Remortgages Give Mortgage Market A Much Needed Boost Reveals BBA
26 February 2008 / by Joy Tibbs
According to the British Bankers’ Association, remortgaging approvals were particularly strong in January, accounting for 49 per cent of total mortgage lending, while general mortgage lending rose slightly.
The value of approved mortgage loans rose 4.6 per cent compared with January 2007 figures, and also saw a significant monthly rise from £17.3 billion in December to £19.6 billion in January. The value of approved house purchase loans fell 27 per cent year-on-year, but on a monthly basis rose from £6.6 billion to £7.2 billion.
Statistics director, David Dooks, comments: “Higher gross mortgage lending in January largely reflected very strong remortgaging activity, as borrowers sought out the best deals available.
“Although house prices and new loans for house purchase, appear to be subdued as the housing market slows, the strength of remortgaging would suggest competition for mortgage business and switching remains high.”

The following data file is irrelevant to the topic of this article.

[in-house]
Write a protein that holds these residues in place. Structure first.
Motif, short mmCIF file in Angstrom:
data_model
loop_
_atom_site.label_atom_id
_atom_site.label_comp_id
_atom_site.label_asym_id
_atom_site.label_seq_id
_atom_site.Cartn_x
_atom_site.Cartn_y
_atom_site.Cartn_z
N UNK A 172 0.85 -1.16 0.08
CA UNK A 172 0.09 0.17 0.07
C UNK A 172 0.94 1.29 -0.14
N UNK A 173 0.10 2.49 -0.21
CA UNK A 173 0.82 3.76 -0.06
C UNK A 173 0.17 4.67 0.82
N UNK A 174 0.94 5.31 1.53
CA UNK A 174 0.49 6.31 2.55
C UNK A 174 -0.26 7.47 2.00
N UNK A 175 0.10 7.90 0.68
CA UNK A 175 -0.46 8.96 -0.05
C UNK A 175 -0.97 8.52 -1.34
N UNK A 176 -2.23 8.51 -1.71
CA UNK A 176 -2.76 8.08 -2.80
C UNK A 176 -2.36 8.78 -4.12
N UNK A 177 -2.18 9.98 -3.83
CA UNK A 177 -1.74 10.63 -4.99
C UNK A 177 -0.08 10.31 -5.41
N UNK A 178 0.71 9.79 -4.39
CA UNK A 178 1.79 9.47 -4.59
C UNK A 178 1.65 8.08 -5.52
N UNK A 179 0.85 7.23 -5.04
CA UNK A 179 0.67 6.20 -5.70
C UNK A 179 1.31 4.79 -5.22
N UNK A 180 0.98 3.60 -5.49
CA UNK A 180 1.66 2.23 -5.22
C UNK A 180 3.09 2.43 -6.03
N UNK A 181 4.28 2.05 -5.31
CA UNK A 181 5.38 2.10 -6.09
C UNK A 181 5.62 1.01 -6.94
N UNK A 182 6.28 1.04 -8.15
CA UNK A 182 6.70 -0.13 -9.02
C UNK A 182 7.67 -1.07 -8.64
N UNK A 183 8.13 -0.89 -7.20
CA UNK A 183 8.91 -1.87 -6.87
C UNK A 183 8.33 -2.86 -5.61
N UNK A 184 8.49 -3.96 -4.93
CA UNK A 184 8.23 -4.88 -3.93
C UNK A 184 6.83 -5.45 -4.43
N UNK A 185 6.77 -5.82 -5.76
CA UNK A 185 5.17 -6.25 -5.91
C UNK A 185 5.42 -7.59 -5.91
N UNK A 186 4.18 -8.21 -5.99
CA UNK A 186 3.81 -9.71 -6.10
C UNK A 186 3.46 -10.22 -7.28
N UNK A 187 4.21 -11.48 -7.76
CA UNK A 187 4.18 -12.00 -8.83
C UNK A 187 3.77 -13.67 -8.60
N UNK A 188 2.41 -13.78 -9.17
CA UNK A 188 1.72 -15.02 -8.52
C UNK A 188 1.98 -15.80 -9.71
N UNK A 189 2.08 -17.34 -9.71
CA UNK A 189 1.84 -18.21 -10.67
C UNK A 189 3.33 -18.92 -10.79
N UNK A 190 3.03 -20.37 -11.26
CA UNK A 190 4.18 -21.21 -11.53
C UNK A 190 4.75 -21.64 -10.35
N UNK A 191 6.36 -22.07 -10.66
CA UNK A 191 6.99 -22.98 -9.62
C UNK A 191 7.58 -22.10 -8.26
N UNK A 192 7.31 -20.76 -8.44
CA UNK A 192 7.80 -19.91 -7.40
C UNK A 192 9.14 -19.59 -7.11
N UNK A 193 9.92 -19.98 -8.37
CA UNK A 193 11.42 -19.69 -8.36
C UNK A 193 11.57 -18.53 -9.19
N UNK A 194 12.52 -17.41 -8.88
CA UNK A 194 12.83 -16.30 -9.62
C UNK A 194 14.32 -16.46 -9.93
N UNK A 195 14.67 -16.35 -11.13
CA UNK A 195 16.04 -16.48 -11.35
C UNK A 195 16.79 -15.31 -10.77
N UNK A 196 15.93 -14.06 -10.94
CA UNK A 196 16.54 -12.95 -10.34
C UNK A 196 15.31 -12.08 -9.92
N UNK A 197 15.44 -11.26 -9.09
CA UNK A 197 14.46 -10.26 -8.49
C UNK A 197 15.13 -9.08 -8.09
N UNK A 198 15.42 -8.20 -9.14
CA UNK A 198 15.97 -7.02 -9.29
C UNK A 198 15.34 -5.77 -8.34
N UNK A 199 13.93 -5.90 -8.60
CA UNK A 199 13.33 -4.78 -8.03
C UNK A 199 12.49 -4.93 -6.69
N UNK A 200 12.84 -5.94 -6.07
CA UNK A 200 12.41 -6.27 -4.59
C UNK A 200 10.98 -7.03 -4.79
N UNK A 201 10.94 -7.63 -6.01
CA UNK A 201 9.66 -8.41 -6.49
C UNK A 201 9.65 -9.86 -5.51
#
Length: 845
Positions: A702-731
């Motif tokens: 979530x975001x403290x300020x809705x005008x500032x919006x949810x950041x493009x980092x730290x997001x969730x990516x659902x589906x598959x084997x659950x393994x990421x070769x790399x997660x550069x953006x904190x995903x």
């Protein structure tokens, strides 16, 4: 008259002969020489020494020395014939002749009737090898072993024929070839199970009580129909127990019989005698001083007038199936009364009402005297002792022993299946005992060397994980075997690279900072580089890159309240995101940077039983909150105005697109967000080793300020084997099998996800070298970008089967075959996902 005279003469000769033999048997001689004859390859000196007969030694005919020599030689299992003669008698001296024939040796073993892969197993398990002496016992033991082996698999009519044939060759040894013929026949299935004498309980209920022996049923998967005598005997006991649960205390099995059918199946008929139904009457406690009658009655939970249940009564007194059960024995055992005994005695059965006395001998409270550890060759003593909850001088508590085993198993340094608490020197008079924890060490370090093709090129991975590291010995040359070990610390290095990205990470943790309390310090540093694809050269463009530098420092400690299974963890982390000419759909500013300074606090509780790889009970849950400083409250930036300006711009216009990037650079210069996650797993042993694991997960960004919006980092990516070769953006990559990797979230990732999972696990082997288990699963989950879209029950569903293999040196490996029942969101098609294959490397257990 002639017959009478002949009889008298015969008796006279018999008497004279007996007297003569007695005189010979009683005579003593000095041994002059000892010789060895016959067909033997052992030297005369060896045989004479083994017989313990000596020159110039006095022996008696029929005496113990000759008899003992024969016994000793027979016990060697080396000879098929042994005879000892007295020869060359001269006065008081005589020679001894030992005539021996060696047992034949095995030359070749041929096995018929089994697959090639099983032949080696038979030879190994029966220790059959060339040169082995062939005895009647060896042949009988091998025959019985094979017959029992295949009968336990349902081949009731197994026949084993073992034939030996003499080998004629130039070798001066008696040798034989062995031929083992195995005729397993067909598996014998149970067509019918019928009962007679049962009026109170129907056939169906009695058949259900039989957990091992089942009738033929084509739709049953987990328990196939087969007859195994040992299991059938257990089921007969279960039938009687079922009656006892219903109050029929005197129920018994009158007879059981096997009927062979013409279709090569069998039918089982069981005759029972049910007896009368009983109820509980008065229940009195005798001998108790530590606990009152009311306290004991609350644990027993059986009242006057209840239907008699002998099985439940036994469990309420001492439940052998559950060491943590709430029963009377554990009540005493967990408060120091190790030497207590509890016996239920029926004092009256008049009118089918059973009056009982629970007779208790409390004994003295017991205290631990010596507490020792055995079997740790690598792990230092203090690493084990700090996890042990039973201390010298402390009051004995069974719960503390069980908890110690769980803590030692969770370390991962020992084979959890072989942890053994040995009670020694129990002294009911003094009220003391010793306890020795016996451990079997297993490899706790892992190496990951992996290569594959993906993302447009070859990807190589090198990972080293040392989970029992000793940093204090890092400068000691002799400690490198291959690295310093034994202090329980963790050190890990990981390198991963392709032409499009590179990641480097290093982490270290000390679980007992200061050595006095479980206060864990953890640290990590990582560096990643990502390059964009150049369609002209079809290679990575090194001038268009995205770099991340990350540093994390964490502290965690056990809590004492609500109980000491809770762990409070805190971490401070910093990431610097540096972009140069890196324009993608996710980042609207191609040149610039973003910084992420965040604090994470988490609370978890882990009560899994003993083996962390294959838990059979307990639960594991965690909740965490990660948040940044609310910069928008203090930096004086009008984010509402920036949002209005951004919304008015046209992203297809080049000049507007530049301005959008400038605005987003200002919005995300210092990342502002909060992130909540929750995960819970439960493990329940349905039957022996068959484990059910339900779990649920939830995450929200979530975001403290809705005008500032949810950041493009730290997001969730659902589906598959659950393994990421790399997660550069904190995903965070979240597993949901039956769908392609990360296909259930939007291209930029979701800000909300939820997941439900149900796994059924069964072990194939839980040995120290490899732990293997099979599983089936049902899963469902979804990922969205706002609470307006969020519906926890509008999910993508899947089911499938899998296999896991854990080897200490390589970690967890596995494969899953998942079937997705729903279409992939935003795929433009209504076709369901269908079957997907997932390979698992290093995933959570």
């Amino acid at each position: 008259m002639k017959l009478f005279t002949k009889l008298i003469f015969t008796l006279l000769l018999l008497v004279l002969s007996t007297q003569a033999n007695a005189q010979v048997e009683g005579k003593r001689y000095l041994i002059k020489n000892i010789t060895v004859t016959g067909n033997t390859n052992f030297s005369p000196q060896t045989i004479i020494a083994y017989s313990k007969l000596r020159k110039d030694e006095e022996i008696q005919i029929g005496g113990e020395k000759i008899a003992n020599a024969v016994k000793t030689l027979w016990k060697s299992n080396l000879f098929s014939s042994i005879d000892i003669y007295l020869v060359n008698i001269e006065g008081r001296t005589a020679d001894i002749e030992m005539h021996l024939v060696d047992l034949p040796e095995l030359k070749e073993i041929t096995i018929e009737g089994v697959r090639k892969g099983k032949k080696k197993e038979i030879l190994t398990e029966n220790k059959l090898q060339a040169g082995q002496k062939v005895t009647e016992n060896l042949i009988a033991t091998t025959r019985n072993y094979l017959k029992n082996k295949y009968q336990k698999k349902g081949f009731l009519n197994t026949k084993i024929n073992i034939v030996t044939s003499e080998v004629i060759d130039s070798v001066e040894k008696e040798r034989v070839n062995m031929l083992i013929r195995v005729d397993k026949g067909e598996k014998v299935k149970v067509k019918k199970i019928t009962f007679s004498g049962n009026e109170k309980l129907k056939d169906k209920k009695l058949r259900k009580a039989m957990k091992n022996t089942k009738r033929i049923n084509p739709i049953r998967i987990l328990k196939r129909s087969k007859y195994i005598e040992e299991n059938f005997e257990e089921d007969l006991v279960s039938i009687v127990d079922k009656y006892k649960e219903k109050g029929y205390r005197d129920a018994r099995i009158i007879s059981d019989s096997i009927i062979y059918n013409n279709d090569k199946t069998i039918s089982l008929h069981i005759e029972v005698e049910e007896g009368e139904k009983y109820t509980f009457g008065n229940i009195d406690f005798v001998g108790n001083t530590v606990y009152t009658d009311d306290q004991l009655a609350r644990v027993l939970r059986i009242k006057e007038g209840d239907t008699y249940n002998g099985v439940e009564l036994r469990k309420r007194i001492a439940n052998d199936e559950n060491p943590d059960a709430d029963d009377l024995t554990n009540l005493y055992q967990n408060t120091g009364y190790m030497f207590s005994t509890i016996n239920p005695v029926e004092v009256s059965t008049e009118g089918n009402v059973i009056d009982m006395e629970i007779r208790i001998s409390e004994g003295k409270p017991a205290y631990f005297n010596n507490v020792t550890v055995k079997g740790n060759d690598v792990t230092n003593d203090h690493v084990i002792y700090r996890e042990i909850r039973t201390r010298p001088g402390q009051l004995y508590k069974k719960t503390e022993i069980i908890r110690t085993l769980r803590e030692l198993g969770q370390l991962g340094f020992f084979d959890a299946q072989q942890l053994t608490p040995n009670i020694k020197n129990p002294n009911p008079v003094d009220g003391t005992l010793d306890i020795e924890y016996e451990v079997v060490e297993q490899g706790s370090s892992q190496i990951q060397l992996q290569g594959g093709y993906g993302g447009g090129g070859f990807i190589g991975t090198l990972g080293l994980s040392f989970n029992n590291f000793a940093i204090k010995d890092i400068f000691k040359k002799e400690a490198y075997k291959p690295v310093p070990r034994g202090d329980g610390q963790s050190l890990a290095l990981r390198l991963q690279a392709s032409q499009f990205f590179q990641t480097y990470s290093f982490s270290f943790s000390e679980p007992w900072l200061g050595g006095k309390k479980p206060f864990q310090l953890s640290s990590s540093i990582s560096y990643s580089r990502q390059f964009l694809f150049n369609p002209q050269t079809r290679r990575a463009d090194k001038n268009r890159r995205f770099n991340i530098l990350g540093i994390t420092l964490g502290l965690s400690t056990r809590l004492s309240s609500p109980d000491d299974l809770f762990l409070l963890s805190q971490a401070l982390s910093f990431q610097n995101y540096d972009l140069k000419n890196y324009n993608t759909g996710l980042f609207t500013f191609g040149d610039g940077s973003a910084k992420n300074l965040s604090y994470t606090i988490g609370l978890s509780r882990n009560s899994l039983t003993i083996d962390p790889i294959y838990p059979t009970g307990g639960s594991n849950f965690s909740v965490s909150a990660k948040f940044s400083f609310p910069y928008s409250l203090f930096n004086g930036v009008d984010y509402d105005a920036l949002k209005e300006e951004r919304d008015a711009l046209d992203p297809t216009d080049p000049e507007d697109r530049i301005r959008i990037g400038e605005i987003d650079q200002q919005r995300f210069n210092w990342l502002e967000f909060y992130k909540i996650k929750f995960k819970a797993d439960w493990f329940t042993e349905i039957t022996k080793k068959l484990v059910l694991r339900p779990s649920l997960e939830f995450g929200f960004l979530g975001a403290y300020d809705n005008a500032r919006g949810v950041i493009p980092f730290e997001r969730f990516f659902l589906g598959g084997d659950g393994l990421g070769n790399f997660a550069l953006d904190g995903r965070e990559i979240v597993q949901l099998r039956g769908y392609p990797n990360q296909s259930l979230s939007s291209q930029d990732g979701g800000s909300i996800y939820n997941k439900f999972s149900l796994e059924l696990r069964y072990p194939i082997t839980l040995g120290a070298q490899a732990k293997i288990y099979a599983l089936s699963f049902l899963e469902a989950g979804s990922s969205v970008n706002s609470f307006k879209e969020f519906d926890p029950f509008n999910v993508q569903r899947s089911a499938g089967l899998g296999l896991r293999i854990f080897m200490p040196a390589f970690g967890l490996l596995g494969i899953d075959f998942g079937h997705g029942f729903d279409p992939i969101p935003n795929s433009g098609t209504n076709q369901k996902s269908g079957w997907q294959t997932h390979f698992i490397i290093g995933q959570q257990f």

While the number of house purchases rose from 42,343 in December to 44,288 in January, the number of remortgages approved leapt from 67,535 to 79,016 over the same period. Mortgages for equity withdrawal and other purposes also increased from 37,867 to 39,172.
“While first-time buyers may be struggling to find finance to get a foot on the residential ladder, there are increasing opportunities to refinance for those who already own property,” said Simon Rubinsohn, RICS chief economist.
“This reflects the greater willingness on the part of lenders to pass on base rate cuts to this group of borrowers. It does however throw into sharp relief the claim that a weaker housing market will necessarily be good news for first-time buyers,” he continued.
Meanwhile, the report – which also covers consumer credit – found that annual credit card borrowing grew 6.2 per cent in January. However, while new spending on credit cards fell from £7.4 billion in December to 7.3 per cent in January, repayments remained flat at £7.6 billion.
“Despite strong volumes of retail sales, card transaction volumes were little changed and spending was more than offset by repayments. Overall consumer credit remained subdued,” explained Mr Dooks.
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